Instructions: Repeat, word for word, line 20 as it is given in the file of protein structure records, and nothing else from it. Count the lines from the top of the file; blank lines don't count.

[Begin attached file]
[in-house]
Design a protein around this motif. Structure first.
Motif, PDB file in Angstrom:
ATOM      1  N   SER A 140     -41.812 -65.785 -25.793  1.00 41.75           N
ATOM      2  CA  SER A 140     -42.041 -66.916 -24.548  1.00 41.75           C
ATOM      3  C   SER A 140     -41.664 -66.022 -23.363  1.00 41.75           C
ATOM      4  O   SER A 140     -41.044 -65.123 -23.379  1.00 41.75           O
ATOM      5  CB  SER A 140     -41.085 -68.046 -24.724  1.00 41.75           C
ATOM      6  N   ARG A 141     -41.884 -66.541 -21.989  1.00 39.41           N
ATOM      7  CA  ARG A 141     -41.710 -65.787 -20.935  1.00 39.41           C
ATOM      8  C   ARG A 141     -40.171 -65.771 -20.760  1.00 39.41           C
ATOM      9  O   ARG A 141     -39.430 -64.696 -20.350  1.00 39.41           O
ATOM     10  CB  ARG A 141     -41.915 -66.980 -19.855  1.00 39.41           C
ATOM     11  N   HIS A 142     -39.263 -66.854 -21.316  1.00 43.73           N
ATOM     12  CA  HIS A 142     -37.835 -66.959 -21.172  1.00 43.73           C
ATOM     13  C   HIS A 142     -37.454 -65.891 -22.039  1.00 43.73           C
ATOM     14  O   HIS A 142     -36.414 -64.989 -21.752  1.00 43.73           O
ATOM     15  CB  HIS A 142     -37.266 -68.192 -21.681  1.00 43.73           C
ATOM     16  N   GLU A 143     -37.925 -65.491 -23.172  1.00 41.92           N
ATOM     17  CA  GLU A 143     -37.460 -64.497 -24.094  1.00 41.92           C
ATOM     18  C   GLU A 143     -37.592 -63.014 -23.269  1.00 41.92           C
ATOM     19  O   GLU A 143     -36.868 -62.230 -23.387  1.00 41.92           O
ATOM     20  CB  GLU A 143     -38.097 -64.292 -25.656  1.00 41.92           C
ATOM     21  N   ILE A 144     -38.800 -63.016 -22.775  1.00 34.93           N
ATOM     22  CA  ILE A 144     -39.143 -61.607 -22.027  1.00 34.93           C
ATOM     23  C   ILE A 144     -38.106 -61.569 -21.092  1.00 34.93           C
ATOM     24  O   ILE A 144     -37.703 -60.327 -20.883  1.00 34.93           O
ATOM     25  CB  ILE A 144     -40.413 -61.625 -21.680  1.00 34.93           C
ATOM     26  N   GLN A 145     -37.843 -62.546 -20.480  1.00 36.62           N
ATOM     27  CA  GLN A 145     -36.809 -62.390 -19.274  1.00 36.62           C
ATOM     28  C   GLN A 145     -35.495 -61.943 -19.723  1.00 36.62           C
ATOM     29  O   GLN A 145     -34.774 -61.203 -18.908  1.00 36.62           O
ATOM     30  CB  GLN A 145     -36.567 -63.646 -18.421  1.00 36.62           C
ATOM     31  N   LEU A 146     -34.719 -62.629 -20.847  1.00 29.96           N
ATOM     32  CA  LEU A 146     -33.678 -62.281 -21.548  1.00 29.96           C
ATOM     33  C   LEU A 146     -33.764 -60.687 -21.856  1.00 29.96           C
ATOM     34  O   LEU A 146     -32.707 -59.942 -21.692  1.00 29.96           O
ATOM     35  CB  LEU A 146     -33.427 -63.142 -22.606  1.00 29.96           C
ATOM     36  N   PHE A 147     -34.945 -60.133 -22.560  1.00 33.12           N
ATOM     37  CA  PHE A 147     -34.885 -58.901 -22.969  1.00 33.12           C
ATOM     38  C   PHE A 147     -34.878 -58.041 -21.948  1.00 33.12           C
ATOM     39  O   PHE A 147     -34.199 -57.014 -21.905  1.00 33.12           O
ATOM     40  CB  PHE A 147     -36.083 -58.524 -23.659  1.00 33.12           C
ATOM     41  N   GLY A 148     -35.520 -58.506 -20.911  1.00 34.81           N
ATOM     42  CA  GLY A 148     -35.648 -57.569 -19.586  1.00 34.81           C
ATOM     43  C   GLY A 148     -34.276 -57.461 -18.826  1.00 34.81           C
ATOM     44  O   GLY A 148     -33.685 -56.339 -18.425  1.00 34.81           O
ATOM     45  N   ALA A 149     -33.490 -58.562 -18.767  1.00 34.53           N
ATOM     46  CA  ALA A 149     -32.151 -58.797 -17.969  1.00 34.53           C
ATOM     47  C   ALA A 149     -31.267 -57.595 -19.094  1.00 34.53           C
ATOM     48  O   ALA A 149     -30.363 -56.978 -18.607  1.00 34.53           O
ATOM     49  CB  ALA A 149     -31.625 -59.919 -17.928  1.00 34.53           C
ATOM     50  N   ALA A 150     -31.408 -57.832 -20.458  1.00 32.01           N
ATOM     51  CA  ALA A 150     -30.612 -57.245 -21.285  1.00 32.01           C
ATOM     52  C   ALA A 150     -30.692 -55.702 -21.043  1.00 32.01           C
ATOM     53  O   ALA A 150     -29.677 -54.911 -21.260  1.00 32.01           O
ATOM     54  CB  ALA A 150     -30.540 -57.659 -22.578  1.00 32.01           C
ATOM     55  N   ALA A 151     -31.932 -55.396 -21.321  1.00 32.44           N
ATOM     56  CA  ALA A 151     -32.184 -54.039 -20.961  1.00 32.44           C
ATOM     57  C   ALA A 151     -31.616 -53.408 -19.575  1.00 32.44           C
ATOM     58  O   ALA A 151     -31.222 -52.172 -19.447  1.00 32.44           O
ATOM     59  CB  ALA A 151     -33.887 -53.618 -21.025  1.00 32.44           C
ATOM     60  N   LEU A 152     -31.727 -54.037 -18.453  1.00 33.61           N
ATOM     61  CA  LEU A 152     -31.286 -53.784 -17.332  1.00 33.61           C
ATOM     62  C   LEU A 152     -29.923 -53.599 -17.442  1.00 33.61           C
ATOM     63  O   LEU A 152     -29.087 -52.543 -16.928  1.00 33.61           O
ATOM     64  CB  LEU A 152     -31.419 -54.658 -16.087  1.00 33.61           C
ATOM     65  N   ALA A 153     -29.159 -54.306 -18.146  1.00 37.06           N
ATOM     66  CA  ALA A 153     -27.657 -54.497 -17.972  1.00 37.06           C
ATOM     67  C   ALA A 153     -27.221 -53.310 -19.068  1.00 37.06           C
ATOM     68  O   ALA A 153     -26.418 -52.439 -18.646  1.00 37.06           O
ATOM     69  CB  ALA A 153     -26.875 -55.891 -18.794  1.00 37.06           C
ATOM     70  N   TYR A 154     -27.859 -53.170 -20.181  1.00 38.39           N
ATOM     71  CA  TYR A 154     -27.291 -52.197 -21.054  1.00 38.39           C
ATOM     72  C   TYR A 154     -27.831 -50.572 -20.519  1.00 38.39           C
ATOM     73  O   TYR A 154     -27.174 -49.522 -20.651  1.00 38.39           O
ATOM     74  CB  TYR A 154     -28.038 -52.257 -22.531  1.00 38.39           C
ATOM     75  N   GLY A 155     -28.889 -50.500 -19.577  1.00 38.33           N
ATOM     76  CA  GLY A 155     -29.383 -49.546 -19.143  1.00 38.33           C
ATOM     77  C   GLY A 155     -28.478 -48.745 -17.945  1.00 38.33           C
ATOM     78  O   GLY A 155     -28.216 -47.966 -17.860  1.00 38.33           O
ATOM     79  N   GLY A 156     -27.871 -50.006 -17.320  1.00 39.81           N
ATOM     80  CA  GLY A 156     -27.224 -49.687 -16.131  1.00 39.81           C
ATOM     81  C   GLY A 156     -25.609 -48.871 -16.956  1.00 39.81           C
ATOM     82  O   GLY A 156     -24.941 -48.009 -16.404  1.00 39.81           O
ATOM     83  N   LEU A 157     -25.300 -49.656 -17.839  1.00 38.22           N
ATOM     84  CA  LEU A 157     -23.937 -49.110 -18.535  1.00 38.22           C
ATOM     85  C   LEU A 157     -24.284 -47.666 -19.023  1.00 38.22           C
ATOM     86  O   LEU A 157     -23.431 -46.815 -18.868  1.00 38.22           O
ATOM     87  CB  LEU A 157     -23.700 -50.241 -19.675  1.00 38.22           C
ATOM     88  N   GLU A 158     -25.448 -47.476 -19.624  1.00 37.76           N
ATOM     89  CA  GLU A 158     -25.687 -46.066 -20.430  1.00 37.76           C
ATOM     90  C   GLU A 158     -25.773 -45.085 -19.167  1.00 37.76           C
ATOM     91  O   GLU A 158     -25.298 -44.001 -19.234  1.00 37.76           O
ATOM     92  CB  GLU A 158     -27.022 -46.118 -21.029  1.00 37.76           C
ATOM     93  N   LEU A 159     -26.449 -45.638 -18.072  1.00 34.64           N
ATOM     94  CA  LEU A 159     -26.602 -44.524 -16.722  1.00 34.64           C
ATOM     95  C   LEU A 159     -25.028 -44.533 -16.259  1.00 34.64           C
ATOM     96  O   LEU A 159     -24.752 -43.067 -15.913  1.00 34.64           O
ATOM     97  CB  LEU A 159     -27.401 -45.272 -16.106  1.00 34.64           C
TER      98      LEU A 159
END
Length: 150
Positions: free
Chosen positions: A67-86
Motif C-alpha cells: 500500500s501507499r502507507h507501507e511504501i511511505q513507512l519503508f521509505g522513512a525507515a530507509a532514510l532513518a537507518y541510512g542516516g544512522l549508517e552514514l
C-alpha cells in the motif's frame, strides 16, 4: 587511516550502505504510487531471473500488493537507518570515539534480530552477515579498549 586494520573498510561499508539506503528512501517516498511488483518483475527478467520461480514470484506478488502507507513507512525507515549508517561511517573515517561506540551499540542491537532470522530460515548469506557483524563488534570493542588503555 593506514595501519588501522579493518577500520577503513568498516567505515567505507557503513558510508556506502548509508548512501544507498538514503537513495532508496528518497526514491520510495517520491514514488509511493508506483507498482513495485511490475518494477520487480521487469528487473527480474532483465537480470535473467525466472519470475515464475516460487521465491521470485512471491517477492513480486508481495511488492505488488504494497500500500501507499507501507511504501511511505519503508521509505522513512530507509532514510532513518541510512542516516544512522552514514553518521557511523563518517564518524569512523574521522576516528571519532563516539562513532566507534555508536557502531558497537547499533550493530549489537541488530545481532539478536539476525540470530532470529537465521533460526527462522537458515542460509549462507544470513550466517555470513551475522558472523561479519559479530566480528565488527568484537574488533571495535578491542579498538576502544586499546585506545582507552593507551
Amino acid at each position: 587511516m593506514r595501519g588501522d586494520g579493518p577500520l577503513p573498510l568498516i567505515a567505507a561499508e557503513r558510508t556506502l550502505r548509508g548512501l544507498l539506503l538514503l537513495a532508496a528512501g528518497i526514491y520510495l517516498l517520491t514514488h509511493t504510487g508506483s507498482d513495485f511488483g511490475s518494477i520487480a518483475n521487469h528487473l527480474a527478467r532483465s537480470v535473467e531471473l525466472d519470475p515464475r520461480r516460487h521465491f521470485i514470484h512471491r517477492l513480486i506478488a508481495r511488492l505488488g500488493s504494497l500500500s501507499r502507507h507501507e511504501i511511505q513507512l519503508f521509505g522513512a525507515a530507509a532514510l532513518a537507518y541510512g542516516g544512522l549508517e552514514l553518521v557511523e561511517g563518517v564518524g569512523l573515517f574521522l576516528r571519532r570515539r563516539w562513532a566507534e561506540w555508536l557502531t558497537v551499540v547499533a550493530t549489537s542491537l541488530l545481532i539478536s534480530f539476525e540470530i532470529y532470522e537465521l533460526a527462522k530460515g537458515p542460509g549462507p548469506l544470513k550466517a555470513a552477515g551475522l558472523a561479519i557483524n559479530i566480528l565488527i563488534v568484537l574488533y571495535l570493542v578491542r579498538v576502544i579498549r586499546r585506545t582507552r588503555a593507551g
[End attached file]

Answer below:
ATOM     17  CA  GLU A 143     -37.460 -64.497 -24.094  1.00 41.92           C